The American College of Greece (ACG) has three educational divisions: Pierce (a 1,400 student high school – Gymnasium and Lyceum); Deree (over 3,000 undergraduate and 200 graduate students); Alba (over 500 graduate business degree plus hundreds of executive education students). Each ACG division has a distinctive educational model. Pierce offers a Greek national curriculum and International Baccalaureate Diploma Program integrated with American educational practices (e.g. “whole person” development through academic and co-curricular activities). Deree, as noted above, is built on the American liberal arts tradition with a curriculum drawn from the humanities, fine and performing arts, natural and social sciences as well as selective offerings in professional disciplines (e.g. business, information technology). Alba follows the model of an American professional graduate school, stressing knowledge development and application through faculty research. The faculty profile we look for and the ways in which American and Greek cultures interact in each division are also distinctive. As one moves up the ACG “educational ladder” (Pierce – Deree – Alba), faculty research becomes increasingly important, although ACG faculty in all three divisions are engaged in various forms of academic scholarship. Common to faculty in all three divisions is a passion for teaching; we look for faculty who are enthusiastic about being mentors, not just academic dispensers, for our students. The vast majority of our faculty are Greek, but, in the case of Deree and Alba, have been educated outside Greece – most notably in the U.S. This is also true for a significant number of Pierce faculty. When you add students from 70 countries outside Greece to this learning community mix, the interplay between cultures at ACG – Greek, American and others – is dynamic and rich.
How strong is the connection between Deree degrees and the job market, and what are the opportunities offered to young people both academically and professionally?
In the 21st century, “knowledge-based” economy and with the challenge of young people finding jobs after graduation (not only in Greece), the connection between academic study and the job market has understandably become a major concern. Deree has always been close to the market in its educational offerings. For example, we introduced the study of marketing and information technology to the Greek market years ago. More recently, we introduced healthcare management as a new academic offering in Greece. But, the opportunities we offer our students extend well beyond the classroom. We regularly bring business and community leaders to campus to engage with our students, and we send our students as interns and apprentices into workplaces in Greece and around the world. In the last academic year, Deree students were assigned to 396 apprenticeships, internships or campus work study placements in 75 organizations. As one way of monitoring the strength of the connection between Deree degrees and the job market, we track the success of Deree graduates immediately after they complete their studies. In the last four years, 12-18% have been still seeking employment six months after graduation; this range is similar to what you find for university graduates in relatively strong national economies with low unemployment (e.g. the U.S.).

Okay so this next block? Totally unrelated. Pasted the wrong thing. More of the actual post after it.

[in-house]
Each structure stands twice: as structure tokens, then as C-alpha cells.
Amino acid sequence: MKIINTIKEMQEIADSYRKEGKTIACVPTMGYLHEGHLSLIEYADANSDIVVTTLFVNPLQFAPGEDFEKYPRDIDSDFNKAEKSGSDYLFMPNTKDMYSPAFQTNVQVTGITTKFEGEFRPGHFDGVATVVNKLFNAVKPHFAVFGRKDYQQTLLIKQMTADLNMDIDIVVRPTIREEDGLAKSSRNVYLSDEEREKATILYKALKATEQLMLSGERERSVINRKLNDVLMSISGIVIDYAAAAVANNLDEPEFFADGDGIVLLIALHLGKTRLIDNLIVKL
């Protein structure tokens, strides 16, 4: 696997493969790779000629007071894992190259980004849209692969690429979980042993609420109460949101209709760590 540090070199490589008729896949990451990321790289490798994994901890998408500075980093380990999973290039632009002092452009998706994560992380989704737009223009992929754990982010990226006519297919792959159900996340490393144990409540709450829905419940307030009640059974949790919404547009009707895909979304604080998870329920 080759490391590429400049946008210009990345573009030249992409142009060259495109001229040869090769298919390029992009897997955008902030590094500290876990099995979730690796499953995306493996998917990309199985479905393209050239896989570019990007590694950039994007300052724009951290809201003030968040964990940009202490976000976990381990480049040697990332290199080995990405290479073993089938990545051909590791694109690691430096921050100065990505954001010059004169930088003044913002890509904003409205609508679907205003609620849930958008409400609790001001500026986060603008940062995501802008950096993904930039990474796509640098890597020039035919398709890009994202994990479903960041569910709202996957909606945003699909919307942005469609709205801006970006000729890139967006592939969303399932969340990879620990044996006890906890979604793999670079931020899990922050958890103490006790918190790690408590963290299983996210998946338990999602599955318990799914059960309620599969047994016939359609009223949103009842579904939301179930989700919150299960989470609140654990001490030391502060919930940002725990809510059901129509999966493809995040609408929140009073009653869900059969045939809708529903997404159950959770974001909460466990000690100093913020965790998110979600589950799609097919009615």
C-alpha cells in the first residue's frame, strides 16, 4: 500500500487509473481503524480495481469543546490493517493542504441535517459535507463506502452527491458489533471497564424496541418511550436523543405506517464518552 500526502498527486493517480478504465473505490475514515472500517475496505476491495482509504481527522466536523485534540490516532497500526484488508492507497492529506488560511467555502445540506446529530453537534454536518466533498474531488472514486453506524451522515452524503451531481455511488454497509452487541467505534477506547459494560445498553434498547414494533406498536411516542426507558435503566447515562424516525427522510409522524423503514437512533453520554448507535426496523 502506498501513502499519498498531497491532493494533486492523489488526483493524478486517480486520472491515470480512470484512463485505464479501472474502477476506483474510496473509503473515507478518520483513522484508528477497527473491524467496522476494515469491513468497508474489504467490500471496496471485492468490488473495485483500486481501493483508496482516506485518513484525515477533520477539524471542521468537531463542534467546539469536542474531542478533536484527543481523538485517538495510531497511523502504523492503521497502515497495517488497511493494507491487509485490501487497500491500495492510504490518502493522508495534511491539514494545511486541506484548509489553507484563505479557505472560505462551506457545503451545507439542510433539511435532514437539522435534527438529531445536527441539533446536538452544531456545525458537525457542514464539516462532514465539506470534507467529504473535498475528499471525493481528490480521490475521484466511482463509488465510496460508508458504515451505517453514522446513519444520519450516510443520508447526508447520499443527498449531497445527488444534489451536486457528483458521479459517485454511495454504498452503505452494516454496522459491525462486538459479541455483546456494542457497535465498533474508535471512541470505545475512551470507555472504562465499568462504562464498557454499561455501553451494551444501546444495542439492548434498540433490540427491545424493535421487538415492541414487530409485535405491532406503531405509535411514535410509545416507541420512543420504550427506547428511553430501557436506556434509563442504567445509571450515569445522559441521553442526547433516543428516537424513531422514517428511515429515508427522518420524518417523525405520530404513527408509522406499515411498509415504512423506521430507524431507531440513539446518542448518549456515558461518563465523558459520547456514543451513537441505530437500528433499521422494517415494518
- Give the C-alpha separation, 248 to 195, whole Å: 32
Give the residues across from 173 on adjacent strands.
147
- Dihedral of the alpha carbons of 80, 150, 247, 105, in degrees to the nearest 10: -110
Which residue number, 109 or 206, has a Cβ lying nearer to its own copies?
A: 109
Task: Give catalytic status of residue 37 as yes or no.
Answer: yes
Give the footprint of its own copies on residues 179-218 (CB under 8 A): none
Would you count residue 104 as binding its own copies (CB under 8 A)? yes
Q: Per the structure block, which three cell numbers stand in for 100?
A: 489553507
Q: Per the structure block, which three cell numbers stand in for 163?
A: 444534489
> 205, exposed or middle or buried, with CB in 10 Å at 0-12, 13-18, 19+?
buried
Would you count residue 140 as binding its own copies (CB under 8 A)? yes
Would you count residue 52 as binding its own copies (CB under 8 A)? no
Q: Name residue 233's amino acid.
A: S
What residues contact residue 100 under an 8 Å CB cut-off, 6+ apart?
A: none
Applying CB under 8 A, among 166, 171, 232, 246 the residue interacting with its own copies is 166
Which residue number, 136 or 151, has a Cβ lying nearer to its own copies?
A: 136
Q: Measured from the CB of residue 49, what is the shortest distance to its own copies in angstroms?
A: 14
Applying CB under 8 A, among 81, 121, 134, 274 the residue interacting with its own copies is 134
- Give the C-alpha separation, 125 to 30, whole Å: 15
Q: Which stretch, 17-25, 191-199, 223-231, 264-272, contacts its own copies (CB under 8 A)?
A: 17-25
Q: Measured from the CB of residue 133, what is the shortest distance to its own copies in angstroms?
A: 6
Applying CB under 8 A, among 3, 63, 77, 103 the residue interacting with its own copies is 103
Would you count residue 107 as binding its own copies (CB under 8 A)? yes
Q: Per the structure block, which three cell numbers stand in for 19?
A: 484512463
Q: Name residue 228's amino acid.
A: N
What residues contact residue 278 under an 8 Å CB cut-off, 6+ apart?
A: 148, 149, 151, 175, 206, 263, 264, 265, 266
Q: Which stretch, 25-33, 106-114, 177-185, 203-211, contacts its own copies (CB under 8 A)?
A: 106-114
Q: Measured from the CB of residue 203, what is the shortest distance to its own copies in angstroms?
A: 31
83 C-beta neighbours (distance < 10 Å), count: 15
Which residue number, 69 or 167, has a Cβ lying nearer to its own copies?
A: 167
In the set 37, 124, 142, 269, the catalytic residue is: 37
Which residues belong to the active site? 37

Which do you consider the advantages of Deree with respect to the skills and opportunities it gives its graduates?
I have already mentioned several: lifelong capacities developed through our liberal arts and total personal development approach, which provides a foundation for personal and career development throughout our graduates’ lifetimes; apprenticeship/internship and study abroad opportunities, which expose our graduates to international best practices. Another advantage is our network of 54,000 alumni around the world. This is an enormously helpful potential resource for initial job placement and even lifelong networking. And, all of this comes at a cost (i.e. tuition and fees) that are a fraction of what students would pay for comparable quality of education in the U.S. This is why I sometimes claim that ACG may well be the best American educational value in the world, and if Greek families understood fully what is available to them here, there would be a line from our main gate in Aghia Paraskevi to Syntagma Square to apply for admission to Deree.
Tell us a few words about the “Education Unites: From Camp to Campus” scholarship program for the refugees and ACG’s contribution to it.
“Education Unites: From Camp to Campus” is an initiative of the U.S. Government aimed at assisting some of the refugees who have come to Greece. The initiative is being coordinated through three American educational institutions in Greece – Anatolia/ACT and American Farm School in Thessaloniki and Deree – The American College of Greece in Athens. For the first year, we expect to serve 200 refugees, 100 in Athens at Deree and 50 each at the Farm School and ACT. Students will be able to select from any of our course offerings, but we are expecting many of them to take advantage of English language courses. The costs of the program will be fully supported by the U.S. Embassy and the three institutions and, hopefully, will provide meaningful assistance to help transition the refugees to wherever their futures will take them.
Read the interview (in Greek) published on Monday, August 28, on Protothema.gr.